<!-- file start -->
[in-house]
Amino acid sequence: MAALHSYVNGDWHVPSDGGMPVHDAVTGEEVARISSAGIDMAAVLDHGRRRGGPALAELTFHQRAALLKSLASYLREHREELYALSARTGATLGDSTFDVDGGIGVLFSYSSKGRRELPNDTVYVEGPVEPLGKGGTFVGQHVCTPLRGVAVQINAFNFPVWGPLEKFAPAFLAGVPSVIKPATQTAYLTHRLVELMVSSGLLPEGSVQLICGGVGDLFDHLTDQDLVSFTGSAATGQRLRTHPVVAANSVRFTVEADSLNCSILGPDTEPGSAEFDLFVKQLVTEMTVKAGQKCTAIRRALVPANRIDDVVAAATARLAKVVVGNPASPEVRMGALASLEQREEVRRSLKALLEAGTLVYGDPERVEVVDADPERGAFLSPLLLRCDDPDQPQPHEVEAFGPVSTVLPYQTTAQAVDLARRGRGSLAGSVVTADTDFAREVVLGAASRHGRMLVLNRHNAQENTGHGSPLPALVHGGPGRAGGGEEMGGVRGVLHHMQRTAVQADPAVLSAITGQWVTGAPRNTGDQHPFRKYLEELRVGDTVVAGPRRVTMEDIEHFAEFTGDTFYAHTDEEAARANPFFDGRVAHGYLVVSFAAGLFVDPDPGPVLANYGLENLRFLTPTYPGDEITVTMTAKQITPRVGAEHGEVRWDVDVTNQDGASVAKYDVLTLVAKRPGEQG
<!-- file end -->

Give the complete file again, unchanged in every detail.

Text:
[in-house]
Amino acid sequence: MAALHSYVNGDWHVPSDGGMPVHDAVTGEEVARISSAGIDMAAVLDHGRRRGGPALAELTFHQRAALLKSLASYLREHREELYALSARTGATLGDSTFDVDGGIGVLFSYSSKGRRELPNDTVYVEGPVEPLGKGGTFVGQHVCTPLRGVAVQINAFNFPVWGPLEKFAPAFLAGVPSVIKPATQTAYLTHRLVELMVSSGLLPEGSVQLICGGVGDLFDHLTDQDLVSFTGSAATGQRLRTHPVVAANSVRFTVEADSLNCSILGPDTEPGSAEFDLFVKQLVTEMTVKAGQKCTAIRRALVPANRIDDVVAAATARLAKVVVGNPASPEVRMGALASLEQREEVRRSLKALLEAGTLVYGDPERVEVVDADPERGAFLSPLLLRCDDPDQPQPHEVEAFGPVSTVLPYQTTAQAVDLARRGRGSLAGSVVTADTDFAREVVLGAASRHGRMLVLNRHNAQENTGHGSPLPALVHGGPGRAGGGEEMGGVRGVLHHMQRTAVQADPAVLSAITGQWVTGAPRNTGDQHPFRKYLEELRVGDTVVAGPRRVTMEDIEHFAEFTGDTFYAHTDEEAARANPFFDGRVAHGYLVVSFAAGLFVDPDPGPVLANYGLENLRFLTPTYPGDEITVTMTAKQITPRVGAEHGEVRWDVDVTNQDGASVAKYDVLTLVAKRPGEQG